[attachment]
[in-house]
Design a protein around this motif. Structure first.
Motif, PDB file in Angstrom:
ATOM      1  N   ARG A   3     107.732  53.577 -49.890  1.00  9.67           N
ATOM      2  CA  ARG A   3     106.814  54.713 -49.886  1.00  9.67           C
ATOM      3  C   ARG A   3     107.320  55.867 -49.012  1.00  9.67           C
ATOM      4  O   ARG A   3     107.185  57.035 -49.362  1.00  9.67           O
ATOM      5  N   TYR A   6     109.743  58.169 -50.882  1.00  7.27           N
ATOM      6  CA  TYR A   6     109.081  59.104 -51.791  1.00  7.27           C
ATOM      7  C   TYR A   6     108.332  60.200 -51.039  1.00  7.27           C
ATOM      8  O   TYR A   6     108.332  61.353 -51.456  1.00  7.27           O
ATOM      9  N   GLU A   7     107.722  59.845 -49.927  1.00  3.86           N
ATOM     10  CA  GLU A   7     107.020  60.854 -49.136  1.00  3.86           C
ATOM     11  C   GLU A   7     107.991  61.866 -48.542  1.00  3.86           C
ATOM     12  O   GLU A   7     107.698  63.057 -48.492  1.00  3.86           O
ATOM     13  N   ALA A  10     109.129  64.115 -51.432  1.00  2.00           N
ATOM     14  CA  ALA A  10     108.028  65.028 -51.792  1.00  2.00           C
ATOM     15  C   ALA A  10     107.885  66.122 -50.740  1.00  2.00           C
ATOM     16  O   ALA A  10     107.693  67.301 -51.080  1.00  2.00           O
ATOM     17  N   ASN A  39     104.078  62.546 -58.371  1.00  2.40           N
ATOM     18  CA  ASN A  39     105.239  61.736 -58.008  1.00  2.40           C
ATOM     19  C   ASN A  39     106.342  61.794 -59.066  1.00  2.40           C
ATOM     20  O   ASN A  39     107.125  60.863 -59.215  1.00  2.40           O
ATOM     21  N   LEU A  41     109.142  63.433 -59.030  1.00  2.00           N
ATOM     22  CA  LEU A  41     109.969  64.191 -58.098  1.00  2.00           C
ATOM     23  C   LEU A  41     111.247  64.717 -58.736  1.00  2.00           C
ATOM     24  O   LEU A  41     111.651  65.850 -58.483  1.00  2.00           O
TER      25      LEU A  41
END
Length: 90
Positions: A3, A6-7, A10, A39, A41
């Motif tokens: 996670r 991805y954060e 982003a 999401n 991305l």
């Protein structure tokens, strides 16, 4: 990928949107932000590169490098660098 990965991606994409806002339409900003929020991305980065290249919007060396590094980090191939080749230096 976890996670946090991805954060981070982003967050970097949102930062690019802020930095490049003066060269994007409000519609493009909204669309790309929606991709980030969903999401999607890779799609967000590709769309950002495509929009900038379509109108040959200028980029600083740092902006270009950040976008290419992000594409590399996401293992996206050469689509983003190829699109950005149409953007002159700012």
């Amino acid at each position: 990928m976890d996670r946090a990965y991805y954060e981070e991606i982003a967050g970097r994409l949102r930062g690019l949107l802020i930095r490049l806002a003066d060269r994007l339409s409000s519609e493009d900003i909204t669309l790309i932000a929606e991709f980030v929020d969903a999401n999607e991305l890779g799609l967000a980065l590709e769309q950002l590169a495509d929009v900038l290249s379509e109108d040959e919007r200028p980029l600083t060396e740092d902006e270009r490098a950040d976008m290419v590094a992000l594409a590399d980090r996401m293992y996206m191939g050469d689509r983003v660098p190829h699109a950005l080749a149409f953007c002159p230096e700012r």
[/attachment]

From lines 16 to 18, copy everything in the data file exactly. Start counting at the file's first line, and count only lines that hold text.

ATOM     13  N   ALA A  10     109.129  64.115 -51.432  1.00  2.00           N
ATOM     14  CA  ALA A  10     108.028  65.028 -51.792  1.00  2.00           C
ATOM     15  C   ALA A  10     107.885  66.122 -50.740  1.00  2.00           C